Avoid the worst of the depreciation curve with these cars

Rapid Finance on 27 September 2016

Car depreciation. It’s something that drivers don’t often talk about until it comes time to sell their vehicle. It’s at this point that the issue of depreciation can become a sore point.

On average, new vehicles depreciate 19 percent during their first year on the road, with another drop of 15 percent in the following second and third years.

That means the vehicle which you paid $40,000 for in 2016 could be worth just $20,000 come 2019. That’s a 50% drop in value, should you choose to sell your formally new car in three years’ time.

However, not all vehicles depreciate at the same rate. So, if you intend to sell within a few years, it’s vital that you choose a car with good resale value. Here are eight options, from which to choose.

 

Small cars

Toyota Corolla

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Toyota Corolla

There is no shortage of demand for the humble Toyota Corolla, after all, it is the highest selling car in the world. Coupled with the car’s high build quality and reputation for reliability, used car buyers trust Corollas more than just about any other vehicle on the road. This demand and trust means that buyers are willing to pay more.

Example model

2013 Toyota Corolla Ascent

Price when new

$19,990

Estimated resale value

$12,700 – 14,500

Depreciation

27 – 36%

Note: New sale prices and estimated resale values are based on publicly available information sourced from redbook.com.au. Information accessed September, 2016.

 

Volkswagen Polo

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Volkswagen Polo

The price of petrol can greatly affect your car's resale value. At times when fuel is fetching well above a dollar a litre selling a thirsty V8 or high performance car can be difficult.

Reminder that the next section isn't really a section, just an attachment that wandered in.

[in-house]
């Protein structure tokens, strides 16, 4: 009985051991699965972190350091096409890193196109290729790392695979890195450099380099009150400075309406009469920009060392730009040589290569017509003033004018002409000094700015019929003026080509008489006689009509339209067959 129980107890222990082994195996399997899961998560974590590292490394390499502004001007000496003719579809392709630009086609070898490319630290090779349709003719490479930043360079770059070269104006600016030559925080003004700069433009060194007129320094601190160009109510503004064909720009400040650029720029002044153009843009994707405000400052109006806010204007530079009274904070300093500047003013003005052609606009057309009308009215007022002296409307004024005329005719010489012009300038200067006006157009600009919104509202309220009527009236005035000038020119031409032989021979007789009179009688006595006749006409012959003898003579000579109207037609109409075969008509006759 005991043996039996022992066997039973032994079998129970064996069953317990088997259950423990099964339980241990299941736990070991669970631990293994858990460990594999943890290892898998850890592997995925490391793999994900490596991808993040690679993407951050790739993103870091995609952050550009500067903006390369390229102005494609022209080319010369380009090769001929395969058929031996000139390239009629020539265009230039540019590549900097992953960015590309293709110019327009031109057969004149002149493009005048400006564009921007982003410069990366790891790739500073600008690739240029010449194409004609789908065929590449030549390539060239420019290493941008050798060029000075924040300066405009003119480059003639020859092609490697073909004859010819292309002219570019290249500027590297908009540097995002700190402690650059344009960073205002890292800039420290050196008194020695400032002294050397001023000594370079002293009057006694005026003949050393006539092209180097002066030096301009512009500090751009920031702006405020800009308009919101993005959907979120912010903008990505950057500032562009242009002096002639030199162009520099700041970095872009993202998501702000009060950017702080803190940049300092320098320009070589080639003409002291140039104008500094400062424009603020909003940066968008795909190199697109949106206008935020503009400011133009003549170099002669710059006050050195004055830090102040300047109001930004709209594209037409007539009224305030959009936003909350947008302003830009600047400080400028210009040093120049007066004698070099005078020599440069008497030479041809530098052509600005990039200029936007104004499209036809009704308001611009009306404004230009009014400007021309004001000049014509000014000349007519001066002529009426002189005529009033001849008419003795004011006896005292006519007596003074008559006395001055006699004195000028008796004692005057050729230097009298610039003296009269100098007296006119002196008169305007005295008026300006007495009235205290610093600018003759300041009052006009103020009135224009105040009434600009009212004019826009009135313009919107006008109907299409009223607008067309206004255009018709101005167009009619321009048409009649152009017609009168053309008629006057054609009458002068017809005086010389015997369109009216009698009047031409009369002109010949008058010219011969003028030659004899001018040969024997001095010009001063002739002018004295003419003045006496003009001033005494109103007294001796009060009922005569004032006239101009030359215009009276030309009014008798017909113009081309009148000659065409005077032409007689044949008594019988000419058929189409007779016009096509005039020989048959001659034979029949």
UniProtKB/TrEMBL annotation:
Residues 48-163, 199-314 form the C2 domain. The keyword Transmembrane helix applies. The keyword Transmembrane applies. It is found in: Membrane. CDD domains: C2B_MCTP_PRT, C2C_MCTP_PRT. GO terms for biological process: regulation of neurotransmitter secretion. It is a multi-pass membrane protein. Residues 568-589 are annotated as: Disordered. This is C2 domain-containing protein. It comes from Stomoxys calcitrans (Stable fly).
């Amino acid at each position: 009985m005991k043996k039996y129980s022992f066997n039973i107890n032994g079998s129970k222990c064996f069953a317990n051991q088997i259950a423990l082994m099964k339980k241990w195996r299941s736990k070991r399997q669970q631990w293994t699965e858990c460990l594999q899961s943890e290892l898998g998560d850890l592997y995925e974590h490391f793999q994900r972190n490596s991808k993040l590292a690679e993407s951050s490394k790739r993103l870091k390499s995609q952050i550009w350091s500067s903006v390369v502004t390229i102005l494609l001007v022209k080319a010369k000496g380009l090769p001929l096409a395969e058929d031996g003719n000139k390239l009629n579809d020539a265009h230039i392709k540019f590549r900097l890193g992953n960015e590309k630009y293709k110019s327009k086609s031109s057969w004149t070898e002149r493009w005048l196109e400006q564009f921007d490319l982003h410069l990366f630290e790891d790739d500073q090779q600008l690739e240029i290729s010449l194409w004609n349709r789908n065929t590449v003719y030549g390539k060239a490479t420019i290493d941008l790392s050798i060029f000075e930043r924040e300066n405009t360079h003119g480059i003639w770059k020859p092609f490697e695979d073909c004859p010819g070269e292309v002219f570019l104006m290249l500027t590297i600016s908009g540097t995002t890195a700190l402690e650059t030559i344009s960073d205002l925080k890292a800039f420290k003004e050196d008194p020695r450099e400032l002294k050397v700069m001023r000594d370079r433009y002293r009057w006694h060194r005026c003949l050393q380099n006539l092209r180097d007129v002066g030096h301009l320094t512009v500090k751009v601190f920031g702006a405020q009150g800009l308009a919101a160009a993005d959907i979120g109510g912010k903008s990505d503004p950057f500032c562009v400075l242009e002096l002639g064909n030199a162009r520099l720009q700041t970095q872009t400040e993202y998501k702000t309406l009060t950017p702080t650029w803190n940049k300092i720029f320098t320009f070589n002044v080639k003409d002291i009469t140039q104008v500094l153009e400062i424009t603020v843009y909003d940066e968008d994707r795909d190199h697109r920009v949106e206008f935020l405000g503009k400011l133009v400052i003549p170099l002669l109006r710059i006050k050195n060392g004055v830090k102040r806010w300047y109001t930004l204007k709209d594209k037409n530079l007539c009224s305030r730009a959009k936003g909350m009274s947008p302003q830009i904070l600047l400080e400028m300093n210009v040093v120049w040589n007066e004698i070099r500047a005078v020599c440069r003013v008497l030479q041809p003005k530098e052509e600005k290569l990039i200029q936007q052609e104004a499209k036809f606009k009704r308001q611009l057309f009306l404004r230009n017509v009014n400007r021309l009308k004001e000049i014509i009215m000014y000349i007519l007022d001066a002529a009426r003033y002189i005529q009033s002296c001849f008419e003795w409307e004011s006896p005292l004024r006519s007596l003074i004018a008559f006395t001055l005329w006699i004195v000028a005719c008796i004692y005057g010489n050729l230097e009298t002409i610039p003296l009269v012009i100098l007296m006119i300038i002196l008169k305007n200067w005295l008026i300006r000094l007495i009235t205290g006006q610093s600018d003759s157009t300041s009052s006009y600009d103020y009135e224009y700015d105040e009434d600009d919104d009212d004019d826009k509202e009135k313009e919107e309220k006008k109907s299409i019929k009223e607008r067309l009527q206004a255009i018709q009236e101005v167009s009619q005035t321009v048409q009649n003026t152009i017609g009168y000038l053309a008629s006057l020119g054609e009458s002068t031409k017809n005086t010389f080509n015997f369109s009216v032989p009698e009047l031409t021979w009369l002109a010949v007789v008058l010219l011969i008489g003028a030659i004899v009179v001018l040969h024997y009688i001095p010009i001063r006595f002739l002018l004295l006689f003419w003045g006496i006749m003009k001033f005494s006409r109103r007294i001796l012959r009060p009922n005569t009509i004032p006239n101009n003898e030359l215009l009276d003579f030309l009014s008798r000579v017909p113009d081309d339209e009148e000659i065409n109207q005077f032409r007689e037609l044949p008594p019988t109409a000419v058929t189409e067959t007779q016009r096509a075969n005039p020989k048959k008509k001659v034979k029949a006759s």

That won’t be the case with the fuel efficient Polo. Combined fuel consumption for 2016 models is just 4.8L/100km and that’ll help you to sell, whatever the price of petrol.

Example model

2013 Volkswagen Polo Trendline 6R

Price when new

$16,900

Estimated resale value

$8,900 – $10,400

Depreciation

38 – 47%

 

Mazda 3

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Mazda 3

The Mazda 3 is Australia’s third most popular vehicle coming in just behind the Toyota Corolla and Hilux. It’s stylish, fun to drive and available with a range of great optional extras.

Note: extras like satellite navigation may be excellent for your daily commute, but the money you spend at purchase may not necessarily translate into a higher resale value.

Example model

2013 Mazda 3 Neo Manual

Price when new

$20,330

Estimated resale value

$12,400 - $14,200

Depreciation

31 – 39%

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SUV and 4WD

Honda CR V

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Honda CR-V

Australians are flocking to SUVs in record numbers. While at one time the sedan was the family car of choice, now the SUV reigns king in the family car market.